CUNA Comment Letter
CUNA's Letter to NCUA Regarding Privacy 5/30/00
May 30, 2000
The Honorable Norman D'Amours
National Credit Union Administration
1775 Duke Street
Alexandria, VA 22314-3486
Dear Chairman D'Amours:
We appreciate your willingness to reconsider the privacy amendment regarding notices to co-borrowers and loan guarantors. This letter follows our previous letters of May 8, 18 and 23, 2000 opposing the agency's privacy amendment. Board Member Wheat has asked for additional information regarding our position, which I want to share with you as well.
The Privacy Amendment Will Hurt Credit Union Members and Co-Borrowers
Board Member Wheat questioned how the amendment will affect credit union members. The amendment will hurt all members indirectly and jeopardize the privacy interests of co-borrowers and loan guarantors directly.
Let me address the issue of co-borrowers first. NCUA's amendment is designed to protect the privacy of co-borrowers and loan guarantors by requiring initial and annual notices for all co-borrowers and loan guarantors. The notices inform individuals regarding their right to opt out of disclosure of nonpublic personal information to nonaffiliated third parties and provide other related information, including the categories of nonpublic personal information that are disclosed. Based on responses from our members, most credit unions do not maintain the necessary information regarding the identity of the co-borrower and loan guarantor in a format that could be readily disclosed and do not collect this information beyond capturing it in the paper loan file. Nonetheless, the amendment will require credit unions to collate the data necessary to provide the notices, thus actually making it easier for credit unions, if they choose, to disclose the information to third parties.
In this regard, the amendment accomplishes the exact opposite result of what it is intended to produce.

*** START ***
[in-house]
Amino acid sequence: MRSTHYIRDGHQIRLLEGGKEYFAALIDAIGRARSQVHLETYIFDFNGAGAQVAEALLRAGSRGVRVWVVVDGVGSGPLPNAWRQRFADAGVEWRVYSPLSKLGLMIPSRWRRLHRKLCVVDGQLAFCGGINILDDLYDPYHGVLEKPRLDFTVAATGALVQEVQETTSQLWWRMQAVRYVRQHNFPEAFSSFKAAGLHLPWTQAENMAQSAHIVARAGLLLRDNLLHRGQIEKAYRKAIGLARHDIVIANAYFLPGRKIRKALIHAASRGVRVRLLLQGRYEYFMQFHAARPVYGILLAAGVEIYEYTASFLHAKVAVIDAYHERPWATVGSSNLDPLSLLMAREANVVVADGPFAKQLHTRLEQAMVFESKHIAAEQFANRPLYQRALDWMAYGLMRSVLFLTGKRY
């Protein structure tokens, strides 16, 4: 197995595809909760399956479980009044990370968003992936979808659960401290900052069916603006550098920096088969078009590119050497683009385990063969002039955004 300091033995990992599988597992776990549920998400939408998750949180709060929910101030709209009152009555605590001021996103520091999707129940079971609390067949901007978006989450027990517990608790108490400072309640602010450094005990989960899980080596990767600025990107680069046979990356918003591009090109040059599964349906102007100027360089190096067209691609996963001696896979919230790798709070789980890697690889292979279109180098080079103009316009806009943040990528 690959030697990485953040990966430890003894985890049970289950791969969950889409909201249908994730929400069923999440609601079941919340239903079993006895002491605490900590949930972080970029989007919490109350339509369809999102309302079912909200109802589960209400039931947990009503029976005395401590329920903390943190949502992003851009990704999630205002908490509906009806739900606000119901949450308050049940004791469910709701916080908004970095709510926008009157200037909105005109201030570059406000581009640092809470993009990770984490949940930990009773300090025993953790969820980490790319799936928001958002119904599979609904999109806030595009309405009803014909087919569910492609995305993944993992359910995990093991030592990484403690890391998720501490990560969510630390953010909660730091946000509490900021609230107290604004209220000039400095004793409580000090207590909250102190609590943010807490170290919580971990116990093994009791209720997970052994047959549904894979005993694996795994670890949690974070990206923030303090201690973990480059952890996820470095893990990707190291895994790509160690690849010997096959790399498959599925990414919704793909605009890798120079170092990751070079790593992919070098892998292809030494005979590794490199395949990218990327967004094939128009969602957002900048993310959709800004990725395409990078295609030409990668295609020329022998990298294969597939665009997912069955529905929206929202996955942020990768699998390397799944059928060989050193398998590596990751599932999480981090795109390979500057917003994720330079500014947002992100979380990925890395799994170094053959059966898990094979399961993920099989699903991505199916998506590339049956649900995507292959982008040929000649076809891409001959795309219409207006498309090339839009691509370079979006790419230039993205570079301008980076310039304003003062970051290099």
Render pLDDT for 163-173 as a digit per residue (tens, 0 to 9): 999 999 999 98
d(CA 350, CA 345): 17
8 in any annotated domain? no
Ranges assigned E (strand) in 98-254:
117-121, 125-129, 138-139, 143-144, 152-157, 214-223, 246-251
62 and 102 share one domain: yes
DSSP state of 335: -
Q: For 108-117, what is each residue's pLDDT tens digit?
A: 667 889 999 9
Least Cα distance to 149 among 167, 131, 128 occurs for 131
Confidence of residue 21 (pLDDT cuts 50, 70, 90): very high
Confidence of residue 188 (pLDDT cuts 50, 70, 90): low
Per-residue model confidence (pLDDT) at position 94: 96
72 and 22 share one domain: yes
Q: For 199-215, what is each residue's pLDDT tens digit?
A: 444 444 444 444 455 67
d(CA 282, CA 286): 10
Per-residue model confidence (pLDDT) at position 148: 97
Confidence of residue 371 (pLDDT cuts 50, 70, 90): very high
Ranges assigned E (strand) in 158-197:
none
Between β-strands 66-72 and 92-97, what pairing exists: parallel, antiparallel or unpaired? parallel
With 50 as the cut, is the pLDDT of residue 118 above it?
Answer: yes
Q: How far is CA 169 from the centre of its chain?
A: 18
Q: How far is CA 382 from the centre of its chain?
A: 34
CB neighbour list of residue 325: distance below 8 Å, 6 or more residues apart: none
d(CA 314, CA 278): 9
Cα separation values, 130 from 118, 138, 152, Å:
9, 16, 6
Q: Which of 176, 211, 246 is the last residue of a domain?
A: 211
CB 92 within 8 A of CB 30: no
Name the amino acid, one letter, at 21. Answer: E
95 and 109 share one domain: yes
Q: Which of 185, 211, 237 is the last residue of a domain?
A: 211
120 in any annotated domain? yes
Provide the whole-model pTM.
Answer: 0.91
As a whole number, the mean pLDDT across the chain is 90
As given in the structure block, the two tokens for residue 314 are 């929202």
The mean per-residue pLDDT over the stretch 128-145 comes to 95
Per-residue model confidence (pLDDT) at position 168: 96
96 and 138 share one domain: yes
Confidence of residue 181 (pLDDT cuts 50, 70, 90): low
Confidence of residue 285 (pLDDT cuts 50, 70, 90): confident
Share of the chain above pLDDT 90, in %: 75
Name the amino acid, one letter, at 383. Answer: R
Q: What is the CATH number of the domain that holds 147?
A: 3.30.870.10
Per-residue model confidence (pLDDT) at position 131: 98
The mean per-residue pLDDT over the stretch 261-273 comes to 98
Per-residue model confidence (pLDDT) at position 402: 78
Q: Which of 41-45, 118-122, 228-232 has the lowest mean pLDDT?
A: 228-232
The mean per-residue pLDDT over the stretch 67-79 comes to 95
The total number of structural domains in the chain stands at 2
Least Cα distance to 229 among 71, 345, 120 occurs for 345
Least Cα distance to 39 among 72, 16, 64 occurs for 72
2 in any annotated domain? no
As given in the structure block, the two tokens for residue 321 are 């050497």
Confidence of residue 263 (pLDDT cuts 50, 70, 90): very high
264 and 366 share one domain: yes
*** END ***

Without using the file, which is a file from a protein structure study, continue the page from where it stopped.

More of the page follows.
The amendment will exact a toll on all members. That is because funds that could have been used for new loans or for higher savings rates for all members will have to be allocated to compliance costs associated with this amendment for co- borrowers and loan guarantors, costs all other financial institutions will not have to bear. Our Market and Research Department has reviewed and analyzed our survey results very carefully. As I stated previously, their analysis demonstrates that the combined costs associated with modification of data processing systems and notification will be $62 million for nonmember co-borrowers.
The Amendment Will Cost More Than $1.59 Member
Board Member Wheat indicated that the privacy amendment will cost only $1.59 per member.
We do not know the basis for these cost estimates, but our review indicates that total costs for notification and modification of data processing systems per co-borrower would be $5.03 for all credit unions and would be $10.70 per co- borrower for credit unions with assets of less than $20 million. Credit unions with assets of $20 million to $100 million would incur costs of $7.66 per co-borrowers and credit unions with assets over $100 million would face costs of $3.12 per co-borrower to comply with the privacy amendment.
Another relevant issue that could drive costs up even further relates to the difficulty many credit unions experience in keeping track of address changes and dealing with the volume of returned mail for addresses that are no longer current. While we have not been able to quantify this concern, the monitoring and related costs associated with keeping the address list updated for co-borrowers and guarantors could be sizeable.
The Amendment Will Hurt Credit Unions
Board Member Wheat questioned whether the amendment will hurt credit unions. We believe strongly that it will for several reasons. The cost is significant, as addressed above. Also, the amendment places credit unions in an anti- competitive position in relation to other types of financial institutions, none of which have to comply. Further, the amendment gives the impression that NCUA is concerned credit unions need more regulations than other types of financial institutions in order to protect the rights of individuals who are involved as co-borrowers or guarantors with a credit union. Finally, we are concerned about NCUA and its relationship with Congress regarding this matter. We believe the amendment is highly inconsistent with the congressional directive to make the privacy rules "consistent and comparable" for all financial institutions and to take into consideration the competitive impact of privacy provisions on small institutions.
In closing, I firmly believe this amendment is unnecessary and will not accomplish its intended goal. I urge you to vote to remove it from the final privacy regulation.
Thank you again for considering our request on this issue of utmost importance.
Daniel A. Mica
President and CEO